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Saturday, 6 October 2012

Thomas Hardy: At Castle Boterel


New Road, Boscastle, Cornnwall, ca. 1895
: photochrome print by Photoglob Zürich, between 1890 and 1910; image by trialsanderrors (Library of Congress)

As I drive to the junction of lane and highway,
   And the drizzle bedrenches the waggonette,
I look behind at the fading byway,
   And see on its slope, now glistening wet,
         Distinctly yet

Myself and a girlish form benighted
   In dry March weather. We climb the road
Beside a chaise. We had just alighted
   To ease the sturdy pony’s load
         When he sighed and slowed.

What we did as we climbed, and what we talked of
   Matters not much, nor to what it led, ―
Something that life will not be balked of
   Without rude reason till hope is dead,
         And feeling fled.

It filled but a minute. But was there ever
   A time of such quality, since or before,
In that hill’s story ? To one mind never,
   Though it has been climbed, foot-swift, foot-sore,
         By thousands more.

Primaeval rocks form the road’s steep border,
   And much have they faced there, first and last,
Of the transitory in Earth’s long order;
   But what they record in colour and cast
         Is—that we two passed.

And to me, though Time’s unflinching rigour,
   In mindless rote, has ruled from sight
The substance now, one phantom figure
   Remains on the slope, as when that night
         Saw us alight.

I look and see it there, shrinking, shrinking,
   I look back at it amid the rain
For the very last time; for my sand is sinking,
   And I shall traverse old love’s domain
         Never again.

Thomas Hardy: At Castle Boterel, March 1913, from Poems of 1912-13, in Satires of Circumstance, Lyrics and Reveries (1914)

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In Boscastle (Kastell Boterel), Cornwall: photo by Dietrich Krieger, 25 May 2010

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Boscastle from Penally Hill. The centre of Bascastle viewed from the coast path on Penally Hill photo by Phillip Halling, 29 September 2009

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Boscastle: the village from Penally Point. A view up the Valency valley from the west: photo by Chris Downer, 25 August 2009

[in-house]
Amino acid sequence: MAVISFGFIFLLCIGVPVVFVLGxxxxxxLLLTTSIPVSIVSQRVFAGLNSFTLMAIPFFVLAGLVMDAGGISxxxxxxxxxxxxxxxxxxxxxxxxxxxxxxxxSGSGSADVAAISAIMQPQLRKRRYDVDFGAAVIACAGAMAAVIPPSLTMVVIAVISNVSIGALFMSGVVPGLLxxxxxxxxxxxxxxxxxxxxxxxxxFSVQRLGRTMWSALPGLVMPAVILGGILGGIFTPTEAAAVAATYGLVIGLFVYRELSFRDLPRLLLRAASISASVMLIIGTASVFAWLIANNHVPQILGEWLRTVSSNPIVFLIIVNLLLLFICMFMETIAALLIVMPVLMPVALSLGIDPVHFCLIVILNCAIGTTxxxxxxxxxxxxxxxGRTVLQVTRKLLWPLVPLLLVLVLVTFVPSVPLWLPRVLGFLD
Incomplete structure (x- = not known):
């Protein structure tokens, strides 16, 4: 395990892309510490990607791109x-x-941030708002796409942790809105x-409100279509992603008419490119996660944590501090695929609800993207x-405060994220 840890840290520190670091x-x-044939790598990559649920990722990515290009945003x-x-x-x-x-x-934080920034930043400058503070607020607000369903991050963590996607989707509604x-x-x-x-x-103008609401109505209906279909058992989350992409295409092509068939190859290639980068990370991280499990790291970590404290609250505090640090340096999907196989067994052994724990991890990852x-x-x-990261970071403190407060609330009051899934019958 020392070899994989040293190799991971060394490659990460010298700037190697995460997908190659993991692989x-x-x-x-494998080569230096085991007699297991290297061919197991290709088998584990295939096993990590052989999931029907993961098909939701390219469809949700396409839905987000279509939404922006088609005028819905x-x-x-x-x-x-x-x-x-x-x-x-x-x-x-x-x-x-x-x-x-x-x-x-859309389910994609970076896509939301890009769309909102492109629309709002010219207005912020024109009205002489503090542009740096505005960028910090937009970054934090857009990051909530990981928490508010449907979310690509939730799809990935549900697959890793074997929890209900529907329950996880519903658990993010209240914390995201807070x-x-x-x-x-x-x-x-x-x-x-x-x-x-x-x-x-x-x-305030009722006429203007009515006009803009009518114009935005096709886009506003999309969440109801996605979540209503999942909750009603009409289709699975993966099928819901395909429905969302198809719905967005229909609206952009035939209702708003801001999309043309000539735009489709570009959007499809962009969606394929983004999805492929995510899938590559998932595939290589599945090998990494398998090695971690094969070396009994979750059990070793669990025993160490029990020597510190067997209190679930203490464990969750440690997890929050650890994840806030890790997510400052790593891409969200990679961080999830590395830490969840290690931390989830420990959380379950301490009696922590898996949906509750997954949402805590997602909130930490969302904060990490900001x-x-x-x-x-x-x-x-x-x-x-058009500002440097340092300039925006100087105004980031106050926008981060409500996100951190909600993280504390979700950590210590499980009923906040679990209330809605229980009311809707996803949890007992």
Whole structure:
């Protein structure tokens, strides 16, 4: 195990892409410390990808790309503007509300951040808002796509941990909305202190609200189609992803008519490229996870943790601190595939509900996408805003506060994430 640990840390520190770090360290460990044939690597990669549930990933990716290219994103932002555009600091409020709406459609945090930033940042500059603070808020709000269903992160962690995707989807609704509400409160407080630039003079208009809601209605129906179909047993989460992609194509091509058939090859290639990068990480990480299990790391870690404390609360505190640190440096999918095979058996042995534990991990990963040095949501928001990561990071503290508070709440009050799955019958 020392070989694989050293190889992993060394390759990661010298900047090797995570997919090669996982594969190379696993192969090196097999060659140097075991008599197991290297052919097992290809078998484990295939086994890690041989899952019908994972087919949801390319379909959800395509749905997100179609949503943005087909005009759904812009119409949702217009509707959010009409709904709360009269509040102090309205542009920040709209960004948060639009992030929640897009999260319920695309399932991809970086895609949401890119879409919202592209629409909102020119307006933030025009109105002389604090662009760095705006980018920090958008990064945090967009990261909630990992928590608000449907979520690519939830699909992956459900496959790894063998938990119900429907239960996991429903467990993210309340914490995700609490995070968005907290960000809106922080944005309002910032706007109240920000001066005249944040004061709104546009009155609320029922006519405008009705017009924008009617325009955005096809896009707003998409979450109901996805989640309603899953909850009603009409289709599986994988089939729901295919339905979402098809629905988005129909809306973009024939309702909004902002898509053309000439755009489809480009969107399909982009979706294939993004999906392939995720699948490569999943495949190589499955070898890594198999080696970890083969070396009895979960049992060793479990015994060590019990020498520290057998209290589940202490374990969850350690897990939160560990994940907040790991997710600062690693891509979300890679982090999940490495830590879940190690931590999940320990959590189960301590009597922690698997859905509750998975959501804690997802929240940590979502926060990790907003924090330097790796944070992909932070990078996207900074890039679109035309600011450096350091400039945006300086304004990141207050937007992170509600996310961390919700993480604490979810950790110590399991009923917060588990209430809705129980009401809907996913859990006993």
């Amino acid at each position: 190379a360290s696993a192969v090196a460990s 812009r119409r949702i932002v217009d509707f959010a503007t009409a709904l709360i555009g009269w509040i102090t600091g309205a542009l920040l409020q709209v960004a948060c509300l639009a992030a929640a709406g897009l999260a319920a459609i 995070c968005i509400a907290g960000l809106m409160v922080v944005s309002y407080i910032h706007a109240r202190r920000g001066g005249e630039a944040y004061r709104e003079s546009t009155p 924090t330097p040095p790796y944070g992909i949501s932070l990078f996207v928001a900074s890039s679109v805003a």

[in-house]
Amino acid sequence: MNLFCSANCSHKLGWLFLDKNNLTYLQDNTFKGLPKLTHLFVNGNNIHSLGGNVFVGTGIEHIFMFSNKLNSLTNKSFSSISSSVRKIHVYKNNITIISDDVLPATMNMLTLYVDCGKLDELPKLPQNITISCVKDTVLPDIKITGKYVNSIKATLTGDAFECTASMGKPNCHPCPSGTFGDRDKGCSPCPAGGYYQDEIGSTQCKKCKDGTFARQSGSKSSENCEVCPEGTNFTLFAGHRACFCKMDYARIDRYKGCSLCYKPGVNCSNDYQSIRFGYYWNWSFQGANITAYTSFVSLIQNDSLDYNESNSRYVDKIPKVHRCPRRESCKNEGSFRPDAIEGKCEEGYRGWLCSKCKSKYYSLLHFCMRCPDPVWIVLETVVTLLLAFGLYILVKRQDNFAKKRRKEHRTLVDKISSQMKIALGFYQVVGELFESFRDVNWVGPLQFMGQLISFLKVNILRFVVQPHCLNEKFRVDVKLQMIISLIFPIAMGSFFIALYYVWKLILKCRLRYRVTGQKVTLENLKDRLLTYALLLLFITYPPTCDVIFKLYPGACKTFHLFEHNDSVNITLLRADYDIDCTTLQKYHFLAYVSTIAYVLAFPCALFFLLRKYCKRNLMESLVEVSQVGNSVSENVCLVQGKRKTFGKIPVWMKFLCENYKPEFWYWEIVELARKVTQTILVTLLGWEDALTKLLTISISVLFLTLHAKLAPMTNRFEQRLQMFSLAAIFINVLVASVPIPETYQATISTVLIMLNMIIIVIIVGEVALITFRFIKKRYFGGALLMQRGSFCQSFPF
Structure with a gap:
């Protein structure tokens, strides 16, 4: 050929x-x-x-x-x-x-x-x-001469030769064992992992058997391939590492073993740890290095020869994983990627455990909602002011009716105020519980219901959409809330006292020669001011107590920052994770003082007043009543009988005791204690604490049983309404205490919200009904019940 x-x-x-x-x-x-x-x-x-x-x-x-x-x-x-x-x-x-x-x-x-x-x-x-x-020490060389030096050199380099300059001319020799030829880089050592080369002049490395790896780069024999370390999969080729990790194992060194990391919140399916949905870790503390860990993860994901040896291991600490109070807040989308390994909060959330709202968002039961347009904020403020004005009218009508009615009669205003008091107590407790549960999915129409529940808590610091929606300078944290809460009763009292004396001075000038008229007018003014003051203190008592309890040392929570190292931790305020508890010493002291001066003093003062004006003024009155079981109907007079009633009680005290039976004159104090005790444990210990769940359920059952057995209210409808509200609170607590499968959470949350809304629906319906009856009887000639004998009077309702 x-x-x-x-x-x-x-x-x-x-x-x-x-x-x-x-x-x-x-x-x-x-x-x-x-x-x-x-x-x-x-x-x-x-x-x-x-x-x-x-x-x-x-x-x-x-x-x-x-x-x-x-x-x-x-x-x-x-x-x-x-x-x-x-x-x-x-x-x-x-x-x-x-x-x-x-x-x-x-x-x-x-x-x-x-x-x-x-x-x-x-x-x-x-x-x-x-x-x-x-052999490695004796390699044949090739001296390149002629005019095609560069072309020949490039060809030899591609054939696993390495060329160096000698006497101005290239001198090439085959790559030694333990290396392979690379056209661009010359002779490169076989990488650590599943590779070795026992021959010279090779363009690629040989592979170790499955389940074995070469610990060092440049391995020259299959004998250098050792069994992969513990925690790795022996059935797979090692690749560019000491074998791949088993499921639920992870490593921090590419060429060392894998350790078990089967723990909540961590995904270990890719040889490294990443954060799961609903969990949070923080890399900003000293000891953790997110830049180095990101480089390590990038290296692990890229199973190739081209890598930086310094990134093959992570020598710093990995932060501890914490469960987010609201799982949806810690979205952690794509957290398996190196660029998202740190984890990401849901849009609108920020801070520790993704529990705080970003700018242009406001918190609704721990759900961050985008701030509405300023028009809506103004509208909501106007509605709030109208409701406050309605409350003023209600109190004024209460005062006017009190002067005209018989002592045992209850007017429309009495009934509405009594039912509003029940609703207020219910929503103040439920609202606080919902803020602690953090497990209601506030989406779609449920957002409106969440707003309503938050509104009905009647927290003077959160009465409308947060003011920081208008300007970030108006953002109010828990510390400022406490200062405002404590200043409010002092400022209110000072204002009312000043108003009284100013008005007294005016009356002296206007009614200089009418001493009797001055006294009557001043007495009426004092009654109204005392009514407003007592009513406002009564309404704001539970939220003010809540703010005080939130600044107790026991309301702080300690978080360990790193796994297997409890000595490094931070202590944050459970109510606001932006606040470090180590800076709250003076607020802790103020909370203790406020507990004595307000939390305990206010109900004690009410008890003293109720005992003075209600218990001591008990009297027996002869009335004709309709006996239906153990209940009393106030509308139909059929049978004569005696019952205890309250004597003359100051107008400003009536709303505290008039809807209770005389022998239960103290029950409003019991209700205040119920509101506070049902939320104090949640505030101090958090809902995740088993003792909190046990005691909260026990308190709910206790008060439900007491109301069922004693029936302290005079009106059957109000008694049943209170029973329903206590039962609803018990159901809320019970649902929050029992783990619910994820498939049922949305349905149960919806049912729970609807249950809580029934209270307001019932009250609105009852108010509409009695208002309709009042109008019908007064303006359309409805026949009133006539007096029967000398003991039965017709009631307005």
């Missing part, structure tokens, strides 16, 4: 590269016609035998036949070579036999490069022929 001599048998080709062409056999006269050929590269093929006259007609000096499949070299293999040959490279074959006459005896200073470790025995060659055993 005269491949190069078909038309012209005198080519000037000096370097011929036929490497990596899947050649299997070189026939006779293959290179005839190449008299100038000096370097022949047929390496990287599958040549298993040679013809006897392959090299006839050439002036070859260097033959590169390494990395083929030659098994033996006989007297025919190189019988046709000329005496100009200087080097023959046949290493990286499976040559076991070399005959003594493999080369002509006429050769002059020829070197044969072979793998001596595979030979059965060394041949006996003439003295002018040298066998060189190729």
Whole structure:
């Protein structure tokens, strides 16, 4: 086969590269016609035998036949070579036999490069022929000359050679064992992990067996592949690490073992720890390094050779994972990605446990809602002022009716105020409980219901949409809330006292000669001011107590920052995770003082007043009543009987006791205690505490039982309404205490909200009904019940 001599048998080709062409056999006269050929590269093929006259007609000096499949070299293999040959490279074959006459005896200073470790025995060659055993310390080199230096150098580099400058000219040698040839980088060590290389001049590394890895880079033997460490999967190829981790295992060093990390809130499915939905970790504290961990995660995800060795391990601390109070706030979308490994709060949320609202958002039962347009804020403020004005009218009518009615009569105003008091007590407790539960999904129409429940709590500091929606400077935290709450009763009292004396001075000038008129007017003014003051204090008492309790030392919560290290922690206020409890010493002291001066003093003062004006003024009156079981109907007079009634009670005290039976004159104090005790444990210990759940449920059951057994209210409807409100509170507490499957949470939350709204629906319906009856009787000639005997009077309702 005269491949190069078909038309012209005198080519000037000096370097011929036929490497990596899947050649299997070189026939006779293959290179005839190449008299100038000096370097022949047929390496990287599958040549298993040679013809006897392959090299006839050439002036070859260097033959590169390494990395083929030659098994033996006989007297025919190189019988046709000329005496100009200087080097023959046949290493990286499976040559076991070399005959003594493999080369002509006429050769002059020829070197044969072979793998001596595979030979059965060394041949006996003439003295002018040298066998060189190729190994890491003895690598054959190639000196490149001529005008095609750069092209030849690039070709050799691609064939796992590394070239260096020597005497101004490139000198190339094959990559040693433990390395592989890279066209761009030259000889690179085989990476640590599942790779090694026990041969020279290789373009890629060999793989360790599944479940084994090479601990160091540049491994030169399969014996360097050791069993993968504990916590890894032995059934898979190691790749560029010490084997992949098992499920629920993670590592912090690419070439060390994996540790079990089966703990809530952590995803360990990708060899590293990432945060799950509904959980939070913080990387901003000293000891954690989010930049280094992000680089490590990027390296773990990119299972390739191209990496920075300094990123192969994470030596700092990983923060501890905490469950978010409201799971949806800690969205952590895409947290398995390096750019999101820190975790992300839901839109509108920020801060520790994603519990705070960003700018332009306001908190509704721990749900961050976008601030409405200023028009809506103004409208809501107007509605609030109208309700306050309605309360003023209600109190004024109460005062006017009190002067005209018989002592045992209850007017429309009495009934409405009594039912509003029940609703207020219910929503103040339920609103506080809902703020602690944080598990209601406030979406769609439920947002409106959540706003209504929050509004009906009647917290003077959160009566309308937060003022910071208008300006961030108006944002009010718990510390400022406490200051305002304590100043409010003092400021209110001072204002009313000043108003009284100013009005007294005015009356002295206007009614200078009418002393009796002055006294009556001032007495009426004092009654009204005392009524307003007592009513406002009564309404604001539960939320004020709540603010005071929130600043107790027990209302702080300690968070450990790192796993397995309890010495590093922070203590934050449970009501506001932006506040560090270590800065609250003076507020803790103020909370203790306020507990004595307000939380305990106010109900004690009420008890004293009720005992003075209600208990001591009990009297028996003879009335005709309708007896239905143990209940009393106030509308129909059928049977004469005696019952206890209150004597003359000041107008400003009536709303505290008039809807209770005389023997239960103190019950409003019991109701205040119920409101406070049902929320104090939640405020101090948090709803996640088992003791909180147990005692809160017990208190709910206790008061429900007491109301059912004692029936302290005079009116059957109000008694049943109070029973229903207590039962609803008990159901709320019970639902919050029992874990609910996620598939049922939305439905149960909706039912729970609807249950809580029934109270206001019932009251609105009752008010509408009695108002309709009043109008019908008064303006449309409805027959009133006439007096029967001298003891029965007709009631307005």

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Boscastle. Looking down on Boscastle from the coast path above the harbour
: photo by Tony Atkin, 7 September 2009

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Boscastle. From Penally Point: photo by Rob Taylor, 24 July 2003

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Merlin's Cave viewed from Barras Nose. With the bridge across to Tintagel Castle to the left: photo by Trevor Rickard, September 1986

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Barras Nose. Barras Nose is one of the many promontories on this coastline: photo by Tony Atkin, 7 September 2009

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Quartz on the cliff, Boscastle. The quartz is found as veins in the slate, and occasionally in what appear to be large chunks, but in some cases at least there is only a veneer of quartz over the slate. In effect, these are exposed veins: photo by Humphrey Bolton, 7 May 2009

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 Rock formations. Rock formations on headland above Boscastle Harbour: photo by David Ashcroft, 4 August 2006

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Rocky Valley mouth. Looking north where the little gorge carved through the slate meets the sea. The coast path crosses here, but it is possible to take the path on the left for a closer look out to sea: photo by Trevor Rickard, September 1986

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Boscastle harbour and landscape, Cornwall: photo by JUwel, 14 April 2004


TC said...

A note on poetry by TH:

"What made poetry 2000 years ago makes poetry now."

Ezra Pound on TH's poetry (1938):

"No man can read Hardy's poems collected but that his own life, and forgotten moments of it, will come back to him, a flash here and an hour there. Have you a better test of true poetry?...

"There is a flood of life caught in this crystal."

Virginia Woolf and her husband Leonard visited TH at Max Gate near the end of his life, in July 1926. She wrote up six pages in her diary on the visit.

Hardy -- "a little puffy cheeked cheerful old man" -- served her "a good tea". He confessed he did not care much for modern fiction.